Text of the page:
Thursday, July 24, 2008

A land long gone

Today was a day like no other. Most days are like that. Anyway, enough chit-chat. It was looking like today would be a wash-out when we pulled up the drive of a posh elder-living facility this afternoon. All the people we had previously seen were either sleeping or not interested, which is always a bit of a let-down. Nevertheless, we made ourselves strong, and in true Carlebachian manner picked up our guitars and prepared to enter the domicile of our next host. Not that he knew that he'd be our host, but he found out about it pretty quickly.
We introduced ourselves to the elderly man, his wife, and their grandchild, a 15 year old named David who laughed at my jokes and is therefore assured of eternal paradise. See, we Jews have it much easier than Muslims. In what seemed like no time at all we were discussing Wolf's (for that is his name) life story. All the details are his, so no griping, okay?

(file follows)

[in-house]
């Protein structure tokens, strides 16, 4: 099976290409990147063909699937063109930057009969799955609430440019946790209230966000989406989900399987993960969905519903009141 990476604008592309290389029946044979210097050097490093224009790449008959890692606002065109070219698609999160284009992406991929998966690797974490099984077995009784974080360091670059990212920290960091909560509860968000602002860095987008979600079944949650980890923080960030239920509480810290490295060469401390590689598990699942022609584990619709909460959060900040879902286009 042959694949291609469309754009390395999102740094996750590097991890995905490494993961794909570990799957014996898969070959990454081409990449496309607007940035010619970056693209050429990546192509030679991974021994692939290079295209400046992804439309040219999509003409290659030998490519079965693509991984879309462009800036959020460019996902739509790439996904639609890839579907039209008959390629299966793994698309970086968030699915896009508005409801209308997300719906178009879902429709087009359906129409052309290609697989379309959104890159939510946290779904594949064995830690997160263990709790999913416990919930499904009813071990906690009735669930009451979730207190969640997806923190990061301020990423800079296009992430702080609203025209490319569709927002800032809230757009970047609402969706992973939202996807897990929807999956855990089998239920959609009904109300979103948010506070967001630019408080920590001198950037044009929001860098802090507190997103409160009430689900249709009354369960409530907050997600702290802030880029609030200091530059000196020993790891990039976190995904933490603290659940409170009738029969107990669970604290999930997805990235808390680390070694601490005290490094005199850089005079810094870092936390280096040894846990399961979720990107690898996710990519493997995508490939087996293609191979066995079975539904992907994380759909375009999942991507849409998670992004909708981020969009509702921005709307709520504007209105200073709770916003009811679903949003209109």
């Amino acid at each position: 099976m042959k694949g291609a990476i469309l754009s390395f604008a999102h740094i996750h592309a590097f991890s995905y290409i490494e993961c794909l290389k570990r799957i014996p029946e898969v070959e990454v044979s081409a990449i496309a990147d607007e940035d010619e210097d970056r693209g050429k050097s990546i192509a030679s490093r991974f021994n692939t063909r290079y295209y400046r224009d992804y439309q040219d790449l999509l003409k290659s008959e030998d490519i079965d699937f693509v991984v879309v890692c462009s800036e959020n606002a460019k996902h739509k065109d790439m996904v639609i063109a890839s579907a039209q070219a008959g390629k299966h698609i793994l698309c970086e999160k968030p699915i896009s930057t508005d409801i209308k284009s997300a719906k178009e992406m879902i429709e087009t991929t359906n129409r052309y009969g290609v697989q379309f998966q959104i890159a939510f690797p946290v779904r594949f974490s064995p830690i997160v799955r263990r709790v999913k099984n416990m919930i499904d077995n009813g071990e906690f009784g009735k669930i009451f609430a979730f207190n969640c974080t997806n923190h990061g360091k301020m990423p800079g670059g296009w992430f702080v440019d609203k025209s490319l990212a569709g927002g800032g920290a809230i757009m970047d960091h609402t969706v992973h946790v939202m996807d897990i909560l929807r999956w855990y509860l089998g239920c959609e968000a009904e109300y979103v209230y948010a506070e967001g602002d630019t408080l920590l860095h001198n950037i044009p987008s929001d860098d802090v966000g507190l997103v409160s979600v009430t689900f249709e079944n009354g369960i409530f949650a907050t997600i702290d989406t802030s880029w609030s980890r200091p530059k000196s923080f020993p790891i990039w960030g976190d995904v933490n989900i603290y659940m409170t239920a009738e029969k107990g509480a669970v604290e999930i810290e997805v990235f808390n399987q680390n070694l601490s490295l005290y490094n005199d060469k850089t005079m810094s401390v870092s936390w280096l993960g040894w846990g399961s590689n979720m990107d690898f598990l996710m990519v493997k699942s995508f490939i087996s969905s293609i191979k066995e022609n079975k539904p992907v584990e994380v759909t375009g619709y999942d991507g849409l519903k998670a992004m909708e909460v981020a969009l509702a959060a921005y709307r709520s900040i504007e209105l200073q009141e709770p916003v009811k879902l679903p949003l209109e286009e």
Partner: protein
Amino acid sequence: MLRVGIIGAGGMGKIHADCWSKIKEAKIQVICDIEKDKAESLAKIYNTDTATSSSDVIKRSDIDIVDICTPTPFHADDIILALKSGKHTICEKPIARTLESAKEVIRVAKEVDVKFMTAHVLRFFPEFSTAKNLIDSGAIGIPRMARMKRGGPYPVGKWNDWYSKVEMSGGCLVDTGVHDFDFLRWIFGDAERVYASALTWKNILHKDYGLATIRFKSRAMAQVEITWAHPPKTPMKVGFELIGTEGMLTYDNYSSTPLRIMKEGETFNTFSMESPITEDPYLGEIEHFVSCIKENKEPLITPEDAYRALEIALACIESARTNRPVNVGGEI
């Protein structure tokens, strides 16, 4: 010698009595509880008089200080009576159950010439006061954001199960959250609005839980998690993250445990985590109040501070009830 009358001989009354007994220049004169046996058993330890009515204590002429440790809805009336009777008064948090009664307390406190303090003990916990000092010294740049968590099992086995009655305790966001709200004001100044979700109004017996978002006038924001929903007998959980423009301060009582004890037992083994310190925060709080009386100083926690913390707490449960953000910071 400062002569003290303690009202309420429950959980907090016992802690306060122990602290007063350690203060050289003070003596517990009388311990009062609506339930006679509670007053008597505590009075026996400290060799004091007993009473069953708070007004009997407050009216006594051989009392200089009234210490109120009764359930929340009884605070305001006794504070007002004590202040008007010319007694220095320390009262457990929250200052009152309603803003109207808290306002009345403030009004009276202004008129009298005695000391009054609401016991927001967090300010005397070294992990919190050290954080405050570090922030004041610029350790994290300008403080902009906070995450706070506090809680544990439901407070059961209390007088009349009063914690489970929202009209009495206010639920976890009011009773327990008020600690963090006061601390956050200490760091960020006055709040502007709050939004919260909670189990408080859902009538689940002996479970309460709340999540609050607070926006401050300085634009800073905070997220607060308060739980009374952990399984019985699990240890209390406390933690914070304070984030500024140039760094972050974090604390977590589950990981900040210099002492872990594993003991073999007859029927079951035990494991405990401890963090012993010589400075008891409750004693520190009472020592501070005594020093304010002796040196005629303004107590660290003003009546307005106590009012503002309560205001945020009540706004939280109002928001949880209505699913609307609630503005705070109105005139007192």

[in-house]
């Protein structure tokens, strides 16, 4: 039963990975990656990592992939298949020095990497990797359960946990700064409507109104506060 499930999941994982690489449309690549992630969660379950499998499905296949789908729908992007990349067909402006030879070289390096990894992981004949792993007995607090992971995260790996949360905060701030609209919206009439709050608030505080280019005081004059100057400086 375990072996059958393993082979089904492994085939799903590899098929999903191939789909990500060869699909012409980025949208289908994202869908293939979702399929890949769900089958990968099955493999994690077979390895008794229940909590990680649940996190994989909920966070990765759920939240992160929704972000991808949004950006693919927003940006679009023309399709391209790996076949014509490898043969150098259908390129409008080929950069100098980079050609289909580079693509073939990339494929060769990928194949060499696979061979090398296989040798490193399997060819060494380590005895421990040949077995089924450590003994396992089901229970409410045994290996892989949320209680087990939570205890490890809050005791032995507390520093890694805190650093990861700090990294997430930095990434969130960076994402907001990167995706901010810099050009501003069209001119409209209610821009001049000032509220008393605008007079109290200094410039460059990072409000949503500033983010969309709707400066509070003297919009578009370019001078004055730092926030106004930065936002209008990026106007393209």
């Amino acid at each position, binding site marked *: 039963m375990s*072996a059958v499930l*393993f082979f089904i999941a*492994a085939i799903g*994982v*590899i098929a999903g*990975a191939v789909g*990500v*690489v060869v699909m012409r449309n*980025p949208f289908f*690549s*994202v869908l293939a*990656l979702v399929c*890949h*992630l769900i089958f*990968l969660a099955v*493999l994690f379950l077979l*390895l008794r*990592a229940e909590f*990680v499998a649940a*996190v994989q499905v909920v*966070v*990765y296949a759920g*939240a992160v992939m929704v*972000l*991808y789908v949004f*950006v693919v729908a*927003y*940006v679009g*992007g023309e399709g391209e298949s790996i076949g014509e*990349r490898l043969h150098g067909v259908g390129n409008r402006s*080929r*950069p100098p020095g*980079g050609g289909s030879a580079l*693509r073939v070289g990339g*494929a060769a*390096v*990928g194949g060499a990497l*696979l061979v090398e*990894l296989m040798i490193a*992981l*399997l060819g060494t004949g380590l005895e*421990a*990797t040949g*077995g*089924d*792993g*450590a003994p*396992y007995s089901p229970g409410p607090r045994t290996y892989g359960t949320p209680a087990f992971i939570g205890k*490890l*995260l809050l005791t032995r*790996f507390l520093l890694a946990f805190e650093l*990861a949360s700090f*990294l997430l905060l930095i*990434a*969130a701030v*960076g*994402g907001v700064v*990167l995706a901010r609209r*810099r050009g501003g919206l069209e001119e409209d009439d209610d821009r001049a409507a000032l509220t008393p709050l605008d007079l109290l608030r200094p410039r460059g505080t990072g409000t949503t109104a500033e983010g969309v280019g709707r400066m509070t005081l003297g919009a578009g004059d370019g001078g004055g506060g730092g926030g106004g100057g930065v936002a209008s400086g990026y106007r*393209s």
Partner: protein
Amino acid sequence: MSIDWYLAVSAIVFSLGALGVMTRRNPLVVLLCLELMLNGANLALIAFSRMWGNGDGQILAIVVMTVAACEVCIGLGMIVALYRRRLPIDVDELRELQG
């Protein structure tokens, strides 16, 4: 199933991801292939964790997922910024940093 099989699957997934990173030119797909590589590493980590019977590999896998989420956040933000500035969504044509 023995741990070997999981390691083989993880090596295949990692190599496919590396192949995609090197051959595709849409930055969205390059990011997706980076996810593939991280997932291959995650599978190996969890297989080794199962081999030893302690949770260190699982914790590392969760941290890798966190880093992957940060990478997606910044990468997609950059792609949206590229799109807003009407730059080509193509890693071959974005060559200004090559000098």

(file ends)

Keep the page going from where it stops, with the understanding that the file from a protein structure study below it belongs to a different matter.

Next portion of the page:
Wolf was born in a Polish town, with a population of 35,000, on the border with Germany in 1923. His father wore a Shtreimel and was a Chassid of the local Rebbe, whose Tish they would regularly attend. Wolf remembers going to school, half-day to the local Jewish Polish school and half day to the Cheder. The Polish school was only for Jews for two reasons. In Poland, kids had to attend school six days a week. The local non-Jews would send their kids every day but Sunday, while the Jews sent their kids on all days but Shabbos. In order to avoid problems, they had separate schools. The second reason is that no Polish peasant would allow a dirty Jewish kid in his kid's school.